Friday, October 30, 2009

"Open Club" for "Open Cities"

Open Clubs are an are public and non-discriminating, and thrive on internet social networks to of like interest together in the city. Spending time on line can take away from daily contact, however it has the ability to reach an expansive amount that it can be used to form community. It remineded me of a group my friend had been trying to get together online – Baltimore Fun Club. In the beginning it was mostly to get together friends and friends of friends on a larger scale for simple no pressure fun activites such as “kickball, baseball, frisbie, tag, polo, football, dodgeball, horseshoes, laser tag, water balloons, blow darts, guns, kites, crafts etc.. that could involve anyone in mass.

This past spring I rode to Wymann Park to play baseball. This was one of the First meetings and the varied group of people playing was very interesting. Down the in the valley were the Dog Park is I saw several people I knew, some I didn’t and many young kids, probably only about 20 people in total trying to figure out who was up to bat. The team was comprised of people from different regions, different schools, backgrounds, class and ideals. The younger kids were practicing hitting. They came to the park to play and were drawn in and joined the game. The games are non-competitive need to be because of the range of abilities. I wasn’t sure how everyone new each other but was satisfied with Balimore was big enough for me to not understand the connection but small enough that people could all know and enjoy about the same activity. There were two other MICA students there that joined the club because they saw the newsfeed pop up on Facebook that someone they knew had joined, but came without knowing anyone. Fun club had sent out an event message to come to Wymann park to play baseball and any one to show up and come play. The events were constantly changing the people who came based on the interest they had in the activities and when and where it was held with a few that were always there. One on the most interesting attentants, was a business man in Fells Point that was looking up Clubs in Baltimore on Facebook to get himself involved in the city. He been transferred to Baltimore for work and didn’t have any connections to his new city. He came and met new people and talked about where he was from, why he is in Baltimore now. Not much came from it there was not much in common, but he was a nice guy that came and had a good time. I am optimistic future events, will have the same sort of result.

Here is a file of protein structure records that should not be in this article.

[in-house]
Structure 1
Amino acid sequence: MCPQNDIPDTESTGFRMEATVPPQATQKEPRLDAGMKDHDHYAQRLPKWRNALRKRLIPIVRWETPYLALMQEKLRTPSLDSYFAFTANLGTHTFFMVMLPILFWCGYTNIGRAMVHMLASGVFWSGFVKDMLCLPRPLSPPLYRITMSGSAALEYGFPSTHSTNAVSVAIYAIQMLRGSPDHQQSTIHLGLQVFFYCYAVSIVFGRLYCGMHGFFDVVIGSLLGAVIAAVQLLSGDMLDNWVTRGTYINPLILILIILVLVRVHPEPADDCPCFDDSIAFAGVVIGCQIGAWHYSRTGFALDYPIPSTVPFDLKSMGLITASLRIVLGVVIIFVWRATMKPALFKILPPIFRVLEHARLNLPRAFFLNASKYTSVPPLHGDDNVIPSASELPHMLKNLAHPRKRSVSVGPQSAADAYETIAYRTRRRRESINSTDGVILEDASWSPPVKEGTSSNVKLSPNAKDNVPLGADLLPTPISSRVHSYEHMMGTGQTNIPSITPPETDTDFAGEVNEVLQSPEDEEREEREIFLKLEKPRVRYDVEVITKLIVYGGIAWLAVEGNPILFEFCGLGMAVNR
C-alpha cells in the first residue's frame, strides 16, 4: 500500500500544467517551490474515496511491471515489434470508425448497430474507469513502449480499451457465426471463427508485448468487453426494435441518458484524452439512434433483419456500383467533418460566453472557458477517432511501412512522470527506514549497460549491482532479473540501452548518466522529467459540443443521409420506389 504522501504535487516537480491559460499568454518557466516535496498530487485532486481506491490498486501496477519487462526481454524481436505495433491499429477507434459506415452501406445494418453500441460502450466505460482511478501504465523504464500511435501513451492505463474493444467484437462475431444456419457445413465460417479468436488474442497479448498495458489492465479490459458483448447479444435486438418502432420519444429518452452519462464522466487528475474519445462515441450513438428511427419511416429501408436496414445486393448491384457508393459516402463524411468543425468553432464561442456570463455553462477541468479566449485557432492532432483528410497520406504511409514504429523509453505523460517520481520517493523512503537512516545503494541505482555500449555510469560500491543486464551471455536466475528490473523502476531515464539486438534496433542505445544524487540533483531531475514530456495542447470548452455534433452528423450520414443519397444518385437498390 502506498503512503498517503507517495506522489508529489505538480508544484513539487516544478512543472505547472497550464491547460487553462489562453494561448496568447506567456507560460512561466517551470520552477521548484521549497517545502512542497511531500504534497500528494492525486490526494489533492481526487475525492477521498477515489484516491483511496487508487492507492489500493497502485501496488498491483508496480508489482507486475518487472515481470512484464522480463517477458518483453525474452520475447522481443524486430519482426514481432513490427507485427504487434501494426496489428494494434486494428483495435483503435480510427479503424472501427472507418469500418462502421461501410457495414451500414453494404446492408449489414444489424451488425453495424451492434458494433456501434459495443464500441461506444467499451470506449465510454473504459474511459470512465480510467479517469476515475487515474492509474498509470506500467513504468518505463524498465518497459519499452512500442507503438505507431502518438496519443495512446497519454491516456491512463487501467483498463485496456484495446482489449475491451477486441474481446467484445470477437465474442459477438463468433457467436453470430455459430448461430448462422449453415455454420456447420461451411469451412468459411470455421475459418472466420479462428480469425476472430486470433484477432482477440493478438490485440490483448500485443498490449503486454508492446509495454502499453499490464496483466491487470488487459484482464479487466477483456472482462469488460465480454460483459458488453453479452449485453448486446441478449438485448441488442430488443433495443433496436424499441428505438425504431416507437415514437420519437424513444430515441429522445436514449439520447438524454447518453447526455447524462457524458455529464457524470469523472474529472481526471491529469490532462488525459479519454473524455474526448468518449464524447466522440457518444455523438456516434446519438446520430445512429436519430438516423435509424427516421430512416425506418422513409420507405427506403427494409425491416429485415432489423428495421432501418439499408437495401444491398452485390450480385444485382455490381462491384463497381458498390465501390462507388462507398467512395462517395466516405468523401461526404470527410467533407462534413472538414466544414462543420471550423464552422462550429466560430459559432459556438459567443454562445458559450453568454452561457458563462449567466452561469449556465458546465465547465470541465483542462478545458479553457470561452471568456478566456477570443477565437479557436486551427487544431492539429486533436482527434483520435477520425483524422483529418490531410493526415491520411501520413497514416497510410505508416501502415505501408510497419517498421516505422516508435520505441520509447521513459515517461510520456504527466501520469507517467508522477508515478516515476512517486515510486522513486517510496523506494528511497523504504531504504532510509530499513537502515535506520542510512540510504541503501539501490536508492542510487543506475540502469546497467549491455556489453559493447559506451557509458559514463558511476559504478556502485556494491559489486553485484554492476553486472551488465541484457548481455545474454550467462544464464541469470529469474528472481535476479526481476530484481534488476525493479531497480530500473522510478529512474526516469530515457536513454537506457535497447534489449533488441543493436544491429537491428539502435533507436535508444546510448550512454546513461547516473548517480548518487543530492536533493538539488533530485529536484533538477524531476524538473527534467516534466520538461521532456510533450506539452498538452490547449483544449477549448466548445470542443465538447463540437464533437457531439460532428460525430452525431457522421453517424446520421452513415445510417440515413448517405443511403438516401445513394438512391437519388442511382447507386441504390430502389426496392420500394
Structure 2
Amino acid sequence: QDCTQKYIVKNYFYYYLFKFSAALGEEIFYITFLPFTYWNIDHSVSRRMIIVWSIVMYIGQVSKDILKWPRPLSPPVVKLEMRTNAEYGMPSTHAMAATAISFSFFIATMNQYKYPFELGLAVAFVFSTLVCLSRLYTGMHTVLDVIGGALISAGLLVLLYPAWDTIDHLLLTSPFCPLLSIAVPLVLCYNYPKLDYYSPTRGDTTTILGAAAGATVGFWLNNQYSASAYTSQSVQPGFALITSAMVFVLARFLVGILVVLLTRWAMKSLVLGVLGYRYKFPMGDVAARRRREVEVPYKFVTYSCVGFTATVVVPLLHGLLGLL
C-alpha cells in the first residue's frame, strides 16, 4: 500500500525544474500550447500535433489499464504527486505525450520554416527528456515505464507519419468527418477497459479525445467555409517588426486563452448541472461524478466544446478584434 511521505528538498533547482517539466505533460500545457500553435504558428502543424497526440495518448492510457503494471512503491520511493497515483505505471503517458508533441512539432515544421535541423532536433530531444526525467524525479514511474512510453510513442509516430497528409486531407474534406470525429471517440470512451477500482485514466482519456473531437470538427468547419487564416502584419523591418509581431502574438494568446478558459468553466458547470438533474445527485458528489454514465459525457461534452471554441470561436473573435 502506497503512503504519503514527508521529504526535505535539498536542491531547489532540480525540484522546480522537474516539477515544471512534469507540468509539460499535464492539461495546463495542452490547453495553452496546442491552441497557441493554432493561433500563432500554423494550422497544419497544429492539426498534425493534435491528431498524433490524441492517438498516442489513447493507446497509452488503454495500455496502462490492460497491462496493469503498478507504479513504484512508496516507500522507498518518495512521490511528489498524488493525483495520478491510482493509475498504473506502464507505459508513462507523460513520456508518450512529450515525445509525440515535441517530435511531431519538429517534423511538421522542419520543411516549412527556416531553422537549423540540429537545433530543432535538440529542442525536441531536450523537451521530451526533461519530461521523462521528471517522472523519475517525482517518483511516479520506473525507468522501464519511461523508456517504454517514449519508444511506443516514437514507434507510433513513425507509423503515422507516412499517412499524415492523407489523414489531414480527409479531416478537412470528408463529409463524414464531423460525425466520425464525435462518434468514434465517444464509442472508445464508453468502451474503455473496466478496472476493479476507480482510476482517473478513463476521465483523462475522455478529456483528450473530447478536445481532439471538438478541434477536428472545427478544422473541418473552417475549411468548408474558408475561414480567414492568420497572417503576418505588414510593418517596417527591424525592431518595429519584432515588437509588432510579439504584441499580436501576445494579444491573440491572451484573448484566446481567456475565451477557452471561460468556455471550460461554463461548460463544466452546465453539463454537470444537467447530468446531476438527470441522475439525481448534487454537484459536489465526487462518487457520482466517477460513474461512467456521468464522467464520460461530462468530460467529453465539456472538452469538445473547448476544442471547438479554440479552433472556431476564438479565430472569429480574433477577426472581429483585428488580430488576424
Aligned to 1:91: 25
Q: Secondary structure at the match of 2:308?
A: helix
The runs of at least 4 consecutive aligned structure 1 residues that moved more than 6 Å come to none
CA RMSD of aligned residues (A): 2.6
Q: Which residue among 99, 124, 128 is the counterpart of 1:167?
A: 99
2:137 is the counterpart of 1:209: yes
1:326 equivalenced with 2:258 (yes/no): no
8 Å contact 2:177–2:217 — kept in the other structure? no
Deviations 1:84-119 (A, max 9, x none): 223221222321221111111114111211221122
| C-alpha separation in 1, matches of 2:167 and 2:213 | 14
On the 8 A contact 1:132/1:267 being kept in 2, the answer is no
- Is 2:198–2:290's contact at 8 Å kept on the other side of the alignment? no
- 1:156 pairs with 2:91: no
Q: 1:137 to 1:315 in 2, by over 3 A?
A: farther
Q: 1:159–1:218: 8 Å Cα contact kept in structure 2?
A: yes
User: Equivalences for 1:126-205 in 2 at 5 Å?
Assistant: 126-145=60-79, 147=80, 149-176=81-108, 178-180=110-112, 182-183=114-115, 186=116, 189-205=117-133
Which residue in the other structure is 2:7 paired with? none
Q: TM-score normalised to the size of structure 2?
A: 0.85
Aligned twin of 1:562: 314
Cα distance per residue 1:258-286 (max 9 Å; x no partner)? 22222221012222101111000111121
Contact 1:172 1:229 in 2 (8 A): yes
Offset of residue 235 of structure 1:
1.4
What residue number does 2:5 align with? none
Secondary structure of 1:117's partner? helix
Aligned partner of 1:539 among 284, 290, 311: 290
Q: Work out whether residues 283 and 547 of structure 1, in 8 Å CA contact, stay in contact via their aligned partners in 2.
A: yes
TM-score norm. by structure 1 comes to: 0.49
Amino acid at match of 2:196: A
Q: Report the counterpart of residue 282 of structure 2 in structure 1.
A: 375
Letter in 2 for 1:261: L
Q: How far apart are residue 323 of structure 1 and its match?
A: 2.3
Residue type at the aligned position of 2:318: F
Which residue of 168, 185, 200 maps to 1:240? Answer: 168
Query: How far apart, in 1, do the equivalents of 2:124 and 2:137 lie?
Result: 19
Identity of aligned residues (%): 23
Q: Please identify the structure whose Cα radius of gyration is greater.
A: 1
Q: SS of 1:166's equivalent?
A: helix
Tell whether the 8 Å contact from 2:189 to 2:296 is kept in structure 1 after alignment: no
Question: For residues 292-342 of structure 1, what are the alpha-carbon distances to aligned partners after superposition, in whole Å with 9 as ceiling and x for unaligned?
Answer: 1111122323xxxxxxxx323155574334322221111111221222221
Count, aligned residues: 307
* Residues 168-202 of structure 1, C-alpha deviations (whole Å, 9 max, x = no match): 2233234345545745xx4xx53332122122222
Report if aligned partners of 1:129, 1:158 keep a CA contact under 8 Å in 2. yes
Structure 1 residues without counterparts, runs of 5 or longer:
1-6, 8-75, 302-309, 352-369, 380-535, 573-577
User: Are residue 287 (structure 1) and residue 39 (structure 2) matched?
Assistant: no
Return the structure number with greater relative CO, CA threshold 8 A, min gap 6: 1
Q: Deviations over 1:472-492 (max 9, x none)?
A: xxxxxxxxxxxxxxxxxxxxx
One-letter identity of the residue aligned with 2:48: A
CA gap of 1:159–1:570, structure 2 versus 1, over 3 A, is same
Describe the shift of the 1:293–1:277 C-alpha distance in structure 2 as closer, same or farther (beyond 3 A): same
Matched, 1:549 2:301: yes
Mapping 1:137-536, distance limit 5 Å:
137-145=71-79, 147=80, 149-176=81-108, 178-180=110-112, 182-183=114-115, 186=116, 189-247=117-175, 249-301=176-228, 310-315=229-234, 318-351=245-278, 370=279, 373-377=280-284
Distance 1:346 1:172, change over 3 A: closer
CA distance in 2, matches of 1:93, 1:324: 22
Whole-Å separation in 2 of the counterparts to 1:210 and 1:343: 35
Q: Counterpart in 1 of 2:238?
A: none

I wondered if I could consider online clubs as a weapon of inclusion. Clubs are often more exclusionary and to become a member of a club, someone needs a connection to a member already part of it. The privilege, distinction needed, and a fee attached to them in order to join make them exclusive and intimidating. Open clubs on the Social networks on the internet, like Facebook have don’t have these regulations. To become a member, all there is to do is push join. Clubs can be formed and promoted by anyone. People with common interests and meet in, or in around the city.

The reason I consider “Open Clubs” a weapon of exlusion because they can bring people together in the city physically, it creates an outlet and opportunity for those that maybe have a limited daily path and not much room for exploration of the city to meet new people. Because of the openness of information shared on the internet people stumble upon clubs by chance online. In many instances this open information on Facebook and Online Networks are not ways to open up a city. Users spend countless hours getting lost in the expansive paths of the internet clicking from one thing to the next navigating themselves in a virtual realm. It lacks physical constant and separates the user from real interaction. All the information about a person can be obtained just by browsing his/her profile. There is no real physical space on the internet. There is no possibility to really connect with someone in the internet through bumping into to them. You cant get to know your city except maybe on street view of google maps. It is not like being able to walk down a street and start a conversation by someone you accidently brush against. But the meetings of these clubs makes online a source for real interactions to exist away from the internet. These interactions and activities can draw people in public places also.

The restructuring of the internet caused by “Open Club” in a social network is the perfect weapon of inclusion. Through events and clubs brings, online social networks allow people to come together with little effort on an organizers part, and is a passive way to talk to many people at once. This can be very effective to get people together by taking no effort at all. It creates a rhizome effect in which people are affiliated with other people through other people to create diverse experiences in the city.

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